HindustanTimes Fri,26 Dec 2014

Sanchita Sharma

How to keep your mind razor sharp

There's no single cause for failing memory, just as there's no single outcome for it. It may improve with some effort, or it may worsen with time. What all neurologists agree on is that if you give as much thought to your brain as you do to your body, the brain will keep whirring longer.

India’s rarest blood groups make transfusions a challenging affair

A rare blood is a one that is found in 1 in 1,000 people in a given population, but Bombay “Oh” is rarer, occurring in one in 7,600 people in Mumbai and one in 2,500 in south-west Maharashtra. It’s absent in other parts of the country.

How much salt is too much? We answer the recurring query

How much salt should I eat? It’s a question most of us ask physicians when our blood pressure creeps up and we are forced to acknowledge we can’t live forever. The answer is: Use added salt as little as possible. Here's why.

Winter woes: Does cold weather make you ill?

Viruses cause colds and throat infections, exposure to cold doesn't. Only people who carry a latent virus develop a cold because when the body is chilled, the blood vessels in the nose and throat constrict, lowering the supply of infection-fighting white blood cells.

The power of Android: How smartphones are swatting out dengue in Lahore

Pakistan's Punjab Information Technology Board's dengue activity tracking system uses real-world field testing of aedes egypti (mosquito that transmits dengue) larvae and confirmed cases of dengue from hospitals to predict where outbreaks are likely to happen.

A mobile key to maternal health

Dr Anita has a flourishing practice in Bihar. She is the most sought-after consulting gynaecologist in a state with India's highest fertility rate. But Dr Anita is not a real person. She's a recorded voice that works as an audio-visual aid for community health workers advising families on mother and child health.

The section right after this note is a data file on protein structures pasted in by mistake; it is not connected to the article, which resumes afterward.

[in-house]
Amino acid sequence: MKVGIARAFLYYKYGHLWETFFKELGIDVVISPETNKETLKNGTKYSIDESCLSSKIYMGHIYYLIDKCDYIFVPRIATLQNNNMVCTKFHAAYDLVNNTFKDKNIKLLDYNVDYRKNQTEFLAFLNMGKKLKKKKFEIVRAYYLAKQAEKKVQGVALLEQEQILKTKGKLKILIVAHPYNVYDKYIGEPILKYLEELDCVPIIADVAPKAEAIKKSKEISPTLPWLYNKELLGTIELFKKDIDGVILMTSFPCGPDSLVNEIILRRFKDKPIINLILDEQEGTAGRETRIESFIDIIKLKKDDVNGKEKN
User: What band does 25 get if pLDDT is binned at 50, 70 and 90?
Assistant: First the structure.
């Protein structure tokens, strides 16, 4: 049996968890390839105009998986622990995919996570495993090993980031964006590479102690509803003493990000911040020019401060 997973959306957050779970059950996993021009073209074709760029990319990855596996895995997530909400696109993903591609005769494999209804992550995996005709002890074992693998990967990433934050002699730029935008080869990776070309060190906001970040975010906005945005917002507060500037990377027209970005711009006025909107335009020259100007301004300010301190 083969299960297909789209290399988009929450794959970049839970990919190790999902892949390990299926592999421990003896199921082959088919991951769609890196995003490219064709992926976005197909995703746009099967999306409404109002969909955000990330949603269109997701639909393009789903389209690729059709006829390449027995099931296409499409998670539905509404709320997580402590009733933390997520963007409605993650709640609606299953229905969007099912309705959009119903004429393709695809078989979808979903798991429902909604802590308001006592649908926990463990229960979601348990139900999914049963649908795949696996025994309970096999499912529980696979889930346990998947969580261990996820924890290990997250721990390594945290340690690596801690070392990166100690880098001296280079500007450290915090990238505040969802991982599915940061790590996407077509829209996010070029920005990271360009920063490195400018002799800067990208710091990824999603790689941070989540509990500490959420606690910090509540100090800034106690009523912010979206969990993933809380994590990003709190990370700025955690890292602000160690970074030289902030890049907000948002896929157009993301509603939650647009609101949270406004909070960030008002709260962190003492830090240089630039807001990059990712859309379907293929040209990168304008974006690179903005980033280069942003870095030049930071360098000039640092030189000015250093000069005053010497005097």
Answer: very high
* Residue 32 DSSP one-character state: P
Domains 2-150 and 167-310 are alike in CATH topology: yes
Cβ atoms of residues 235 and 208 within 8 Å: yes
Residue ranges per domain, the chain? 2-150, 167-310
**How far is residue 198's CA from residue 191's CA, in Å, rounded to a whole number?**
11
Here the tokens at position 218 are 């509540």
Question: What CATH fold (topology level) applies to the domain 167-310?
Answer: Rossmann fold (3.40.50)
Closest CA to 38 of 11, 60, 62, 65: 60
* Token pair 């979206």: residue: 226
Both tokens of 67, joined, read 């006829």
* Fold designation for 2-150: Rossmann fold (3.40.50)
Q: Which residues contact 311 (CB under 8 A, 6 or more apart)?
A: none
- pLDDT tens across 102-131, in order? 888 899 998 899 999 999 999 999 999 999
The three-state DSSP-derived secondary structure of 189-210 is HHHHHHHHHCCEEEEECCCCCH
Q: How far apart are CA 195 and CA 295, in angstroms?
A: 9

What is Ebola? Ask the nation's frontline health workers

From screening passengers coming from West Asia to having isolation wards in designated hospitals and rapid response teams, India does have a contingency plan in place. But what about awareness about the virus beyond India's half a dozen metros, asks Sanchita Sharma.

Ready for deadlier Ebola-like outbreak?

A virus (Marburg) more deadly than Ebola has killed a man in Uganda, confirmed the World Health Organisation on Friday, raising fears of a new outbreak even as the world struggles to contain Ebola, which has killed more than 4,000 people and infected at least twice as many.

Tobacco kills half its users: Tips on quitting smoking

France has announced plans to introduce plain packaging of cigarettes as part of tough anti-smoking laws. Tobacco use in India is higher than France (31%), with 34.6% adults here using some form of tobacco. India too has introduced graphic warnings on tobacco packages, but how effective are they?

Health issues: The hours you work determines heart health

The longer people work, the higher are their chances of developing heart disease within the next 10 years! Researchers now link working more than 40-hours a week with the narrowing and hardening of blood vessels that supply blood and oxygen to the heart.

Twitter, Facebook and email are more addictive than cigarettes and alcohol

Staying unplugged from the rest of the world is unimaginable, but the Jammu and Kashmir deluge made the nightmare a reality for many of us. Wonder why staying unplugged leaves us powerless? Because Twitter and Facebook are more addictive than cigarettes and alcohol!

Get up, stand up, look younger, live longer

The elixir of youth is right under your nose but even after you hear about it, it’s very likely that you’ll sit around and do nothing to slow down ageing. It is because this anti-ageing miracle needs you to use your feet a lot more than you do in life.

Eating tapeworm eggs the worst way to lose weight

Eating tapeworm eggs to lose weight has to be the craziest way to crash-diet. And there are people dumb enough to do it. Getting active sounds like hard work, but it’s far more palatable than swallowing eggs fished out of human poop, Sanchita Sharma writes.

Do you know even handshakes are injurious to health?

In findings that will undoubtedly make conservatives leap with joy — if conservatives do leap at all — scientists have found that traditional bowing as a greeting is far healthier than shaking hands, high-fiving or fist bumping.

Ebola virus goes rogue, but pandemic unlikely

Diseases jumping species to maim and kill have obvious sci-fi parallels, but few of us realise that many of the world’s most deadly infections come from animals.
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